“Without them, it’s a totally different animal,” said Twins pitcher Tyler Wilson, formerly of the Baltimore Orioles, who has been playing in South Korea since 2018. “Their energy and their passion and how into it they are, from the first pitch to the end, is what makes the games so special.”
Wilson, who didn’t play in Tuesday’s opening game, said that, during this year’s pre-season games, it was so quiet he could hear the broadcasters’ commentary, conversations in the field and in the dugout, and even the sound of his own spikes going into the dirt.
Precautions began long before opening day. Former Angels catcher Hank Conger, starting his first season as a battery coach with the Busan-based Lotte Giants, said players had been dining with plexiglass barriers between them in the lunchroom and wearing masks on the bus. Former teammates in the U.S. were eyeing the situation in Korea enviously, he said.
“For us to finally start is surreal,” he said. “Everybody sees my Instagram and sees us getting ready for the season, and they’re saying, ‘I can’t believe you guys are playing.’”
At the Giants’ game against the KT Wiz in Suwon — the teams are named after corporate sponsors rather than home cities — in lieu of a first pitch, a young fan encased in a clear plastic bubble shaped like a baseball walked from the mound to the home plate. In Incheon, where the Hanhwa Eagles played the SK Wyverns, banners with photos of fans in masks filled the bleachers to give the impression of crowds.
Kim Tae-hyoung, the manager of the defending champions, the Doosan Bears, told reporters he wasn’t quite sure how the coronavirus-related measures and delays would affect his team, but at the end of the day, he just wanted to win.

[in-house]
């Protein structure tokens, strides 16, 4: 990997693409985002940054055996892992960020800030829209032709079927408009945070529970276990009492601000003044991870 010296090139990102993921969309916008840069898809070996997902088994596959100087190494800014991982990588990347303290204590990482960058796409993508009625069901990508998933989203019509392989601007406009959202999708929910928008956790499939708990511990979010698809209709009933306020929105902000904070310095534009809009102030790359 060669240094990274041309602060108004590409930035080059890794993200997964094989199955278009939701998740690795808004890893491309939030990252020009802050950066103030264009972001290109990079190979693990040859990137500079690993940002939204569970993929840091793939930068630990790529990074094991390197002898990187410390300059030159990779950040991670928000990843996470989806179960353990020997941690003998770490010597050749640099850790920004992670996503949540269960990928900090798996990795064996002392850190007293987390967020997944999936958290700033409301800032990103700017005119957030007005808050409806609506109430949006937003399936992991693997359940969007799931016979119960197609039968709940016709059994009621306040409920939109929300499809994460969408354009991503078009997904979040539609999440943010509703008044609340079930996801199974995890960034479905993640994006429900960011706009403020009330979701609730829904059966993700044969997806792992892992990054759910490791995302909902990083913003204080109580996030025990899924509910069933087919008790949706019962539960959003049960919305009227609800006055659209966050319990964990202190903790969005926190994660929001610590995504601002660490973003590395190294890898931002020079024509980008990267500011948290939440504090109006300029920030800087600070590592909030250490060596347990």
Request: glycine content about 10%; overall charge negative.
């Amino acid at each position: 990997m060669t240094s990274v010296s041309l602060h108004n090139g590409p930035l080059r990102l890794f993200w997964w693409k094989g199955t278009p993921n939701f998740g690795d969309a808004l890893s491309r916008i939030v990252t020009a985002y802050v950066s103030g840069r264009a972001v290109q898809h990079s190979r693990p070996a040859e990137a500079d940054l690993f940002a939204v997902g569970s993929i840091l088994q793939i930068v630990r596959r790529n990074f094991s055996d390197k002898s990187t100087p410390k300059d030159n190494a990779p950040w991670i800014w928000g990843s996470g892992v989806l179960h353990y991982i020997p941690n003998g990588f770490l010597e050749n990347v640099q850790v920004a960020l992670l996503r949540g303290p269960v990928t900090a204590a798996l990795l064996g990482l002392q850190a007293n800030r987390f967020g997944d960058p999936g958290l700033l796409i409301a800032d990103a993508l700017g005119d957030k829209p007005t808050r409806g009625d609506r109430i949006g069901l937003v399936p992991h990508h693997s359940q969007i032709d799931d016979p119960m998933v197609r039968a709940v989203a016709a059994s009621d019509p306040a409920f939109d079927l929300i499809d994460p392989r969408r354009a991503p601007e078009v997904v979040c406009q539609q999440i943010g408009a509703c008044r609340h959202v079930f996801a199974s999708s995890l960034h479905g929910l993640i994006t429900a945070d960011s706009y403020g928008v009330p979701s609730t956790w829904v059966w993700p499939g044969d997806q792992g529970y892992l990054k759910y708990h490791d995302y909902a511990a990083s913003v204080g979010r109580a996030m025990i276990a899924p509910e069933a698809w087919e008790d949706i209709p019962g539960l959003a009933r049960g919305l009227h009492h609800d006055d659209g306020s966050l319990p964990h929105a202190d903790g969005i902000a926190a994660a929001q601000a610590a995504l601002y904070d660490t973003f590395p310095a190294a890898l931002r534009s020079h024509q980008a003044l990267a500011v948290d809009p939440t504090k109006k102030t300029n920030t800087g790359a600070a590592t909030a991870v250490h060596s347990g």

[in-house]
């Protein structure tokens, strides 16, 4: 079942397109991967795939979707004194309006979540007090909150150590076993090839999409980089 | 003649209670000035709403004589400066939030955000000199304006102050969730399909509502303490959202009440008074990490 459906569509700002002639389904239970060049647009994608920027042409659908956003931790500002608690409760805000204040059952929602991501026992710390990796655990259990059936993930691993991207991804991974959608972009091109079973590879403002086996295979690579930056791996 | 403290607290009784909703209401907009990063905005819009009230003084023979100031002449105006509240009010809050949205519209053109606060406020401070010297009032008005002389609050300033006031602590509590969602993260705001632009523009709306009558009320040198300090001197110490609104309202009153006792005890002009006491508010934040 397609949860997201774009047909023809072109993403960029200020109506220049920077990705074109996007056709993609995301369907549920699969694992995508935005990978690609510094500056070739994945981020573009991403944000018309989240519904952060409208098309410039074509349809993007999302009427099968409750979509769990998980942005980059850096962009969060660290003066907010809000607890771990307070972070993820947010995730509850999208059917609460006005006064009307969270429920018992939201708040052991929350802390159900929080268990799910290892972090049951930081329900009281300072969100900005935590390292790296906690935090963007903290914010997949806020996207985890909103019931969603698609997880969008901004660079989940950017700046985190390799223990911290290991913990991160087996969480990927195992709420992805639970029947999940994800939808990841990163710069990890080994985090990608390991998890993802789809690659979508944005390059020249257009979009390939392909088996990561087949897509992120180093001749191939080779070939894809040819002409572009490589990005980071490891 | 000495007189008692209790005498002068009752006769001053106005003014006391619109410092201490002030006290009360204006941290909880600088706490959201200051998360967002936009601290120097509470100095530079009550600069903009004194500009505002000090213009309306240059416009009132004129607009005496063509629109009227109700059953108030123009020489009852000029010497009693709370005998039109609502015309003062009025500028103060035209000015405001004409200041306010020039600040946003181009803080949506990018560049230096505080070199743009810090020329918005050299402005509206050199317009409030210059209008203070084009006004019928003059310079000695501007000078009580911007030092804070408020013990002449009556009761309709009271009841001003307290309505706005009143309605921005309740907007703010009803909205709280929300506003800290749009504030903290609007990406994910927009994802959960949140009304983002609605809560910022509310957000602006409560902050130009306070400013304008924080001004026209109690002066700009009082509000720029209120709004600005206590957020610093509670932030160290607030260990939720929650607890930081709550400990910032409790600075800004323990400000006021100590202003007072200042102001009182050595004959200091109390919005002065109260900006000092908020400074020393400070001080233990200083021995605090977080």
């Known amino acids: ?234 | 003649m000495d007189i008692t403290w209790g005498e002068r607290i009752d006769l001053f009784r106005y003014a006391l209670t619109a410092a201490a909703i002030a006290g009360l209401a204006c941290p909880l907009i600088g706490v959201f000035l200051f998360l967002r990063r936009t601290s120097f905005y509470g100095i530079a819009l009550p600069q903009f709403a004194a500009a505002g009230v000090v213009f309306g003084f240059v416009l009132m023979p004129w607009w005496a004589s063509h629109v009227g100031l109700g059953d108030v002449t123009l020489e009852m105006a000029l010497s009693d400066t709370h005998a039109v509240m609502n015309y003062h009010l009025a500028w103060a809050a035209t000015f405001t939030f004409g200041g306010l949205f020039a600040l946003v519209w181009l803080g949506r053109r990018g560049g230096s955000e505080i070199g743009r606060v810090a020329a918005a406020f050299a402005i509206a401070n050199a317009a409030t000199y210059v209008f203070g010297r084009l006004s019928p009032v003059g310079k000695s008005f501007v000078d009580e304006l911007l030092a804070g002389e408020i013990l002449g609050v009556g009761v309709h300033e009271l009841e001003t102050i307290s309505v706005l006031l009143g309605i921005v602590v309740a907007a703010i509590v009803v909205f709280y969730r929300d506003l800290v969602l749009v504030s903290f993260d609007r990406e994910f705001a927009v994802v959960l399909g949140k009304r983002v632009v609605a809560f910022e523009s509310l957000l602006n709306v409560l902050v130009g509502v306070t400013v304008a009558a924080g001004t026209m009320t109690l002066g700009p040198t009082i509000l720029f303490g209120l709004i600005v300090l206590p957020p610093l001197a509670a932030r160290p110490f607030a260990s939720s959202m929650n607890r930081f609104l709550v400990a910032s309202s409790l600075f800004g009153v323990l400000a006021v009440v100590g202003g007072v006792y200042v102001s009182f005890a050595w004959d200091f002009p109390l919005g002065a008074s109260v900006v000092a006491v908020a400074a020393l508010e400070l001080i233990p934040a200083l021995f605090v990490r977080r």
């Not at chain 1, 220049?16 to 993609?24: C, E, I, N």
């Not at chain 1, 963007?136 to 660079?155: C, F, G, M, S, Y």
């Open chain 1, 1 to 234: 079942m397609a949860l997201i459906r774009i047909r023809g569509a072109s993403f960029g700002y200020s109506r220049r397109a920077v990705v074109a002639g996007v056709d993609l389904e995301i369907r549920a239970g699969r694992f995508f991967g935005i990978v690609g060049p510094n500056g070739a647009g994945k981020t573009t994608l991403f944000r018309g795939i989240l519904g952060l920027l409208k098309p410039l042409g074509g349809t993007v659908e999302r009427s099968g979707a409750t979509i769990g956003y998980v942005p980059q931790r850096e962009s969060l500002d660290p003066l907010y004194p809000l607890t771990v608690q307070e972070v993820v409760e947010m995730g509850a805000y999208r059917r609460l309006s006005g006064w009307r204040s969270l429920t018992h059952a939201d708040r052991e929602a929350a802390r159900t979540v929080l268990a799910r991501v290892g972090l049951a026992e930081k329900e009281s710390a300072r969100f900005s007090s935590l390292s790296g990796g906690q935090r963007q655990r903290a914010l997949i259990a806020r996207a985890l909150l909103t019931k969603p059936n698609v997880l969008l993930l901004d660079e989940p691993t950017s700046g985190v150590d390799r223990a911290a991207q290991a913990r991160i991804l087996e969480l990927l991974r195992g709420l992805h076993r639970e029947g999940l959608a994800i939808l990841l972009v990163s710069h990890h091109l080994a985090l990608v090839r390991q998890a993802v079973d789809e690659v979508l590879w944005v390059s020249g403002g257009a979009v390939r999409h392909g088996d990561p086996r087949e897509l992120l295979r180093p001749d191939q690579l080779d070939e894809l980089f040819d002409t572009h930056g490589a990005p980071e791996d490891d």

“This is a first for me too,” he said.
A reporter asked if he had remarks for viewers from the U.S. watching KBO games for the first time.
“Do I have to say that in English?” he said, to laughs. “Give us a lot of love please.”
Outside the closed stadium gates, 25-year-old Kim Gwang-ho was among a handful of fans who showed up wearing team hats and jerseys. The longtime Twins fan watched the game on his cellphone while listening to what sounds he could make out over the stadium walls — and he was hoping for a selfie with a player after the game.
“I hope this corona situation ends so everyone can come and cheer them on, in time for fall baseball,” he said. “I hope they win the Korean series this year.”
Former Mariners pitcher Ariel Miranda describes the surreal experience of playing in the Chinese Professional Baseball League amid the coronavirus outbreak.
After pulling ahead with Kim Hyun-soo’s early home run, the Twins beat the Bears 8-2. By the end of the nearly three-hour game, gray skies had given way to a picture-perfect sunny day.
Kurtz of MyKBO.net, who is a Bears fan, said all of Korean baseball and its fans scored a win Tuesday with the international attention being paid to a league normally overshadowed by U.S. Major League Baseball. He said he hoped the country’s overlooked sports would receive some of the acclaim its music and movies had been getting of late.
“Prior to today, it was very niche.... ‘Parasite’ won,” he said, referring to the South Korean Oscar-winning film, “so KBO, let’s do this next.”